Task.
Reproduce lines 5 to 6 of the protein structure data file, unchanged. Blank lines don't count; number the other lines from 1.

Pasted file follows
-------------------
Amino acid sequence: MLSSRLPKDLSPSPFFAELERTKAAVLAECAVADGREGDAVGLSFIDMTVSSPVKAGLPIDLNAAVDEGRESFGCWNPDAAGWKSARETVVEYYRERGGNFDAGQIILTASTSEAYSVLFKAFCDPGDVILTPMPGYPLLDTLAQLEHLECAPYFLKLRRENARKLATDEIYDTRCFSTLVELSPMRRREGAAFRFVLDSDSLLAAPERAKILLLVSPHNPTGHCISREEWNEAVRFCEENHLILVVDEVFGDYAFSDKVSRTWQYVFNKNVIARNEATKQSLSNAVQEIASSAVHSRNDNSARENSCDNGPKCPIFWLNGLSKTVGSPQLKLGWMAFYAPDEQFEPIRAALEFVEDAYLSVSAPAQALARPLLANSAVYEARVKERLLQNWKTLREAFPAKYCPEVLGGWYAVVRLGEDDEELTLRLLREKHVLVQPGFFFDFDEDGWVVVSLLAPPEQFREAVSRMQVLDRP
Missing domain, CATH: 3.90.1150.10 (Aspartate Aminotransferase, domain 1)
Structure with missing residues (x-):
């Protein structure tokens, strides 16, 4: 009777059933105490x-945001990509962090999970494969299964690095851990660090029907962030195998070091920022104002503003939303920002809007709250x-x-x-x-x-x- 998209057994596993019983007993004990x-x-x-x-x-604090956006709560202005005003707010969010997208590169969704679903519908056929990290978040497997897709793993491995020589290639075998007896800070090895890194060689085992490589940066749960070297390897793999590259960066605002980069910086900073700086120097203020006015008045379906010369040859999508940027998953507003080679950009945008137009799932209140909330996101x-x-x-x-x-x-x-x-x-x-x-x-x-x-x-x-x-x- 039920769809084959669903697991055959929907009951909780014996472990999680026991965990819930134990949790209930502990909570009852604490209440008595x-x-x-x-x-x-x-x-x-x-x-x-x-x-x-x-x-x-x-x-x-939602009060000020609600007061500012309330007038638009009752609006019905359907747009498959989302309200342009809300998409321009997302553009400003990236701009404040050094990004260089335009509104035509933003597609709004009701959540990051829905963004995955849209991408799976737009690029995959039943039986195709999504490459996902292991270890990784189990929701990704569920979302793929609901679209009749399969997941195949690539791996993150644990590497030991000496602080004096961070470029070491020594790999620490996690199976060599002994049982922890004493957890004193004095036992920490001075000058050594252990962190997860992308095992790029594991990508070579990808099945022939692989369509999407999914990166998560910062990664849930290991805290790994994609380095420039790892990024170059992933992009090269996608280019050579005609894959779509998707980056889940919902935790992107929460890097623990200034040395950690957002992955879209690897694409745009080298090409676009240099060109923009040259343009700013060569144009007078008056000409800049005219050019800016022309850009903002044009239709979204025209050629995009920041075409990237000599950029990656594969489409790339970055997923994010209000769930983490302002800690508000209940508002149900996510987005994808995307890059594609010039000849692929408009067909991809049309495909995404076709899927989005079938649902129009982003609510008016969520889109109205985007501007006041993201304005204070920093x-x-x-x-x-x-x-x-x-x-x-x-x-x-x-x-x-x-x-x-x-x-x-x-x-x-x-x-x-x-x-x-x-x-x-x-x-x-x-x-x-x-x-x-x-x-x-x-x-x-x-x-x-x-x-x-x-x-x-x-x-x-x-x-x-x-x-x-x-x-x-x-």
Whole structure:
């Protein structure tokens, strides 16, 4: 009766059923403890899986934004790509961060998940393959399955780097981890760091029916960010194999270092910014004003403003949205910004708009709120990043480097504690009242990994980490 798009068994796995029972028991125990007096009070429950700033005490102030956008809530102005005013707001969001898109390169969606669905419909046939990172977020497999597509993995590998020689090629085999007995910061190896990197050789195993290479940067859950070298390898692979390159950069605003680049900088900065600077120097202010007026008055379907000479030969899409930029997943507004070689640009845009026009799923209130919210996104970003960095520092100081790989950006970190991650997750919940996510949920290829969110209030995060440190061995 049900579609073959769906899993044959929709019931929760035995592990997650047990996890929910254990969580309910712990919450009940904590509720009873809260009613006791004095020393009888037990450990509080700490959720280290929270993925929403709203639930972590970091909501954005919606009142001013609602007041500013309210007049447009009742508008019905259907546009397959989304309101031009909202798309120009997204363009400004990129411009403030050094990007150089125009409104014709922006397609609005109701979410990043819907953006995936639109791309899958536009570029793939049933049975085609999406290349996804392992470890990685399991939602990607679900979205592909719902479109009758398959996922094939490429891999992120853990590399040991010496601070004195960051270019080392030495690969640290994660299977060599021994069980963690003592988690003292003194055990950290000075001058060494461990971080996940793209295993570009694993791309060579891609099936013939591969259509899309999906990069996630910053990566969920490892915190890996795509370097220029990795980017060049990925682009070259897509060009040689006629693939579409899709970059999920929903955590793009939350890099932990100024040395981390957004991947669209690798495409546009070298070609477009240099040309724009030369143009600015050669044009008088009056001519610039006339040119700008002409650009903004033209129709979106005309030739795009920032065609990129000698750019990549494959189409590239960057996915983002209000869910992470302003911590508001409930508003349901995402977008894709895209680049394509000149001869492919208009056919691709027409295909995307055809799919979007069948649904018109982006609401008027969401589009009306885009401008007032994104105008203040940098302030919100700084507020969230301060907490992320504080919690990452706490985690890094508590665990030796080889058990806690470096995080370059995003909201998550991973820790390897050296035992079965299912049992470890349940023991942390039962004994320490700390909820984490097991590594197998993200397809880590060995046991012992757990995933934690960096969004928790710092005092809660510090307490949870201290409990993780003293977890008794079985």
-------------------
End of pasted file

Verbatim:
Whole structure:
């Protein structure tokens, strides 16, 4: 009766059923403890899986934004790509961060998940393959399955780097981890760091029916960010194999270092910014004003403003949205910004708009709120990043480097504690009242990994980490 798009068994796995029972028991125990007096009070429950700033005490102030956008809530102005005013707001969001898109390169969606669905419909046939990172977020497999597509993995590998020689090629085999007995910061190896990197050789195993290479940067859950070298390898692979390159950069605003680049900088900065600077120097202010007026008055379907000479030969899409930029997943507004070689640009845009026009799923209130919210996104970003960095520092100081790989950006970190991650997750919940996510949920290829969110209030995060440190061995 049900579609073959769906899993044959929709019931929760035995592990997650047990996890929910254990969580309910712990919450009940904590509720009873809260009613006791004095020393009888037990450990509080700490959720280290929270993925929403709203639930972590970091909501954005919606009142001013609602007041500013309210007049447009009742508008019905259907546009397959989304309101031009909202798309120009997204363009400004990129411009403030050094990007150089125009409104014709922006397609609005109701979410990043819907953006995936639109791309899958536009570029793939049933049975085609999406290349996804392992470890990685399991939602990607679900979205592909719902479109009758398959996922094939490429891999992120853990590399040991010496601070004195960051270019080392030495690969640290994660299977060599021994069980963690003592988690003292003194055990950290000075001058060494461990971080996940793209295993570009694993791309060579891609099936013939591969259509899309999906990069996630910053990566969920490892915190890996795509370097220029990795980017060049990925682009070259897509060009040689006629693939579409899709970059999920929903955590793009939350890099932990100024040395981390957004991947669209690798495409546009070298070609477009240099040309724009030369143009600015050669044009008088009056001519610039006339040119700008002409650009903004033209129709979106005309030739795009920032065609990129000698750019990549494959189409590239960057996915983002209000869910992470302003911590508001409930508003349901995402977008894709895209680049394509000149001869492919208009056919691709027409295909995307055809799919979007069948649904018109982006609401008027969401589009009306885009401008007032994104105008203040940098302030919100700084507020969230301060907490992320504080919690990452706490985690890094508590665990030796080889058990806690470096995080370059995003909201998550991973820790390897050296035992079965299912049992470890349940023991942390039962004994320490700390909820984490097991590594197998993200397809880590060995046991012992757990995933934690960096969004928790710092005092809660510090307490949870201290409990993780003293977890008794079985």